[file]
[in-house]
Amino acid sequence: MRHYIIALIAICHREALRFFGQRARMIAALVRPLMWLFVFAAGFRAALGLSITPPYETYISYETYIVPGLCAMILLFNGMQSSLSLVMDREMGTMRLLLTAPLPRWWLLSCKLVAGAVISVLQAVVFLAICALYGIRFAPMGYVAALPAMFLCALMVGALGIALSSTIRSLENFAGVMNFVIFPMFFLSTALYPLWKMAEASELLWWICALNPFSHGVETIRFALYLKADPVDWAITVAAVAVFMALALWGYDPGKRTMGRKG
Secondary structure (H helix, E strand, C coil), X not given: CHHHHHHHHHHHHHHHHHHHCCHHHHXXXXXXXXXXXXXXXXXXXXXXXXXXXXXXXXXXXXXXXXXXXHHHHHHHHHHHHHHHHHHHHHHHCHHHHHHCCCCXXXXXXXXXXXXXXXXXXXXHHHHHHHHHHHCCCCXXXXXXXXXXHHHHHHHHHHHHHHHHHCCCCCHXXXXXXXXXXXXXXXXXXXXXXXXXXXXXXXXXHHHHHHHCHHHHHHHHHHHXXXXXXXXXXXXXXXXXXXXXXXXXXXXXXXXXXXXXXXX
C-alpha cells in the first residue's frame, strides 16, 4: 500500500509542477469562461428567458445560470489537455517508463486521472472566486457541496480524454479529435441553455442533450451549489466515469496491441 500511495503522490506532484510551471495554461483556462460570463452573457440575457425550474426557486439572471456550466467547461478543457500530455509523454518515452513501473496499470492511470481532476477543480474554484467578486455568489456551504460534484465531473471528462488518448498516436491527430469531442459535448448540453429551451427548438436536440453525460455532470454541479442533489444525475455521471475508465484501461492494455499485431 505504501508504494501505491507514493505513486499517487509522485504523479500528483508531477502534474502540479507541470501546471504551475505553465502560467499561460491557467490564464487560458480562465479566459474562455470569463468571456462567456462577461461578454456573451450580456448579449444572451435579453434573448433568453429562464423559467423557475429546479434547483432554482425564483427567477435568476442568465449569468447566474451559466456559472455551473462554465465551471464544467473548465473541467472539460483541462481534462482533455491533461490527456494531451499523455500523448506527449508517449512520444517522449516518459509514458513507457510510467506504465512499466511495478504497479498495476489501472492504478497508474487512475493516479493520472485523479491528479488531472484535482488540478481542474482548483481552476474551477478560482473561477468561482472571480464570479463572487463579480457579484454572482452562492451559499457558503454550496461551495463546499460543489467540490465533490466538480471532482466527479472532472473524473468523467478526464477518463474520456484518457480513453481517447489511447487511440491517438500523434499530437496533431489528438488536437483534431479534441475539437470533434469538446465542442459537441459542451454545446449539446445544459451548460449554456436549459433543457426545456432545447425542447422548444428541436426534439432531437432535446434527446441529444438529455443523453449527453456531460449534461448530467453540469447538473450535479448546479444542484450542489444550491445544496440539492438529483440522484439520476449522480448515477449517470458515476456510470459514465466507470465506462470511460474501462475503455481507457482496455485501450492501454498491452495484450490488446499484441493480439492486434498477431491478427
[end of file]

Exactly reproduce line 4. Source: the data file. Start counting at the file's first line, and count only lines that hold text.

C-alpha cells in the first residue's frame, strides 16, 4: 500500500509542477469562461428567458445560470489537455517508463486521472472566486457541496480524454479529435441553455442533450451549489466515469496491441 500511495503522490506532484510551471495554461483556462460570463452573457440575457425550474426557486439572471456550466467547461478543457500530455509523454518515452513501473496499470492511470481532476477543480474554484467578486455568489456551504460534484465531473471528462488518448498516436491527430469531442459535448448540453429551451427548438436536440453525460455532470454541479442533489444525475455521471475508465484501461492494455499485431 505504501508504494501505491507514493505513486499517487509522485504523479500528483508531477502534474502540479507541470501546471504551475505553465502560467499561460491557467490564464487560458480562465479566459474562455470569463468571456462567456462577461461578454456573451450580456448579449444572451435579453434573448433568453429562464423559467423557475429546479434547483432554482425564483427567477435568476442568465449569468447566474451559466456559472455551473462554465465551471464544467473548465473541467472539460483541462481534462482533455491533461490527456494531451499523455500523448506527449508517449512520444517522449516518459509514458513507457510510467506504465512499466511495478504497479498495476489501472492504478497508474487512475493516479493520472485523479491528479488531472484535482488540478481542474482548483481552476474551477478560482473561477468561482472571480464570479463572487463579480457579484454572482452562492451559499457558503454550496461551495463546499460543489467540490465533490466538480471532482466527479472532472473524473468523467478526464477518463474520456484518457480513453481517447489511447487511440491517438500523434499530437496533431489528438488536437483534431479534441475539437470533434469538446465542442459537441459542451454545446449539446445544459451548460449554456436549459433543457426545456432545447425542447422548444428541436426534439432531437432535446434527446441529444438529455443523453449527453456531460449534461448530467453540469447538473450535479448546479444542484450542489444550491445544496440539492438529483440522484439520476449522480448515477449517470458515476456510470459514465466507470465506462470511460474501462475503455481507457482496455485501450492501454498491452495484450490488446499484441493480439492486434498477431491478427